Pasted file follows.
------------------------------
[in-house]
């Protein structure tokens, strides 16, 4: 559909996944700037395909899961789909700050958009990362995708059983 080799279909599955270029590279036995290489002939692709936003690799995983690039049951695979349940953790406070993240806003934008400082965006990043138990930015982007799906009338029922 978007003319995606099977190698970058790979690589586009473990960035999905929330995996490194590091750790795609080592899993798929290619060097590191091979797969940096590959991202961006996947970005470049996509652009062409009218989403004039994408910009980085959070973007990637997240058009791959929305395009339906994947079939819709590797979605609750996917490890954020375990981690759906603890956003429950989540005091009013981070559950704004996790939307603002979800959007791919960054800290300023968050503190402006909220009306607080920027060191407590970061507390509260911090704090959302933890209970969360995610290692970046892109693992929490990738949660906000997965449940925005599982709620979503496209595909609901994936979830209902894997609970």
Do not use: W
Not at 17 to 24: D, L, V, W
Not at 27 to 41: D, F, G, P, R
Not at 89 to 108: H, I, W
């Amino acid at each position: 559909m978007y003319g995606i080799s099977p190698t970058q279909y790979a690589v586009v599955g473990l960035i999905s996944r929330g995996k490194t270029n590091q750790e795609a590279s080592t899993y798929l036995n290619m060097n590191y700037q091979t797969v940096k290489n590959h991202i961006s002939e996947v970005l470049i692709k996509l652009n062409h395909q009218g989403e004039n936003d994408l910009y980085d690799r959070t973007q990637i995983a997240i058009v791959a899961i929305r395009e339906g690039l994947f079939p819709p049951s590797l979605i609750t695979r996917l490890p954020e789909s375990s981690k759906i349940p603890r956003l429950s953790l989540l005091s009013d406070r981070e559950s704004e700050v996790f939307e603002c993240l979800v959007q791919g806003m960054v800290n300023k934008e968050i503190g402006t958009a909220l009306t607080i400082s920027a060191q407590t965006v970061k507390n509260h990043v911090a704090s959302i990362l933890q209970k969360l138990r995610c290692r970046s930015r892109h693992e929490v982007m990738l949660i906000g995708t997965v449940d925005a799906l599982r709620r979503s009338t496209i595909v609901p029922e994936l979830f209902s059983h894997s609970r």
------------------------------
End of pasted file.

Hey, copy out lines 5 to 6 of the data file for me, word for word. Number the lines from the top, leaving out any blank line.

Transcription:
Not at 27 to 41: D, F, G, P, R
Not at 89 to 108: H, I, W